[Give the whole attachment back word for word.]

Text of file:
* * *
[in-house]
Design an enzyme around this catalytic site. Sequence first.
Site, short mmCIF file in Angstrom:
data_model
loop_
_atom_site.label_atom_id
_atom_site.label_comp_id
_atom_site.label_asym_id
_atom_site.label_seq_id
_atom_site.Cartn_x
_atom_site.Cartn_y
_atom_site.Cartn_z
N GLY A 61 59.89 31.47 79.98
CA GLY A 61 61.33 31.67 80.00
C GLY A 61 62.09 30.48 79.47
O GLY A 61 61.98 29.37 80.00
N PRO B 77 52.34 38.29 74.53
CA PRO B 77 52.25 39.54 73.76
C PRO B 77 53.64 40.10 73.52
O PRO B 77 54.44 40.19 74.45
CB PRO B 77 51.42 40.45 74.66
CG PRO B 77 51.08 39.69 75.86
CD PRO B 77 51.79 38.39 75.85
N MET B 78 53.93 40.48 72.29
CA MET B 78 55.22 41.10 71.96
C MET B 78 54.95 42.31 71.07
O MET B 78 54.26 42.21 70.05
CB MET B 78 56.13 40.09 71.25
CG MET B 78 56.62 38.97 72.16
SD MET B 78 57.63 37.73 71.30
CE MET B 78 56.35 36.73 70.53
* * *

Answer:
[in-house]
Design an enzyme around this catalytic site. Sequence first.
Site, short mmCIF file in Angstrom:
data_model
loop_
_atom_site.label_atom_id
_atom_site.label_comp_id
_atom_site.label_asym_id
_atom_site.label_seq_id
_atom_site.Cartn_x
_atom_site.Cartn_y
_atom_site.Cartn_z
N GLY A 61 59.89 31.47 79.98
CA GLY A 61 61.33 31.67 80.00
C GLY A 61 62.09 30.48 79.47
O GLY A 61 61.98 29.37 80.00
N PRO B 77 52.34 38.29 74.53
CA PRO B 77 52.25 39.54 73.76
C PRO B 77 53.64 40.10 73.52
O PRO B 77 54.44 40.19 74.45
CB PRO B 77 51.42 40.45 74.66
CG PRO B 77 51.08 39.69 75.86
CD PRO B 77 51.79 38.39 75.85
N MET B 78 53.93 40.48 72.29
CA MET B 78 55.22 41.10 71.96
C MET B 78 54.95 42.31 71.07
O MET B 78 54.26 42.21 70.05
CB MET B 78 56.13 40.09 71.25
CG MET B 78 56.62 38.97 72.16
SD MET B 78 57.63 37.73 71.30
CE MET B 78 56.35 36.73 70.53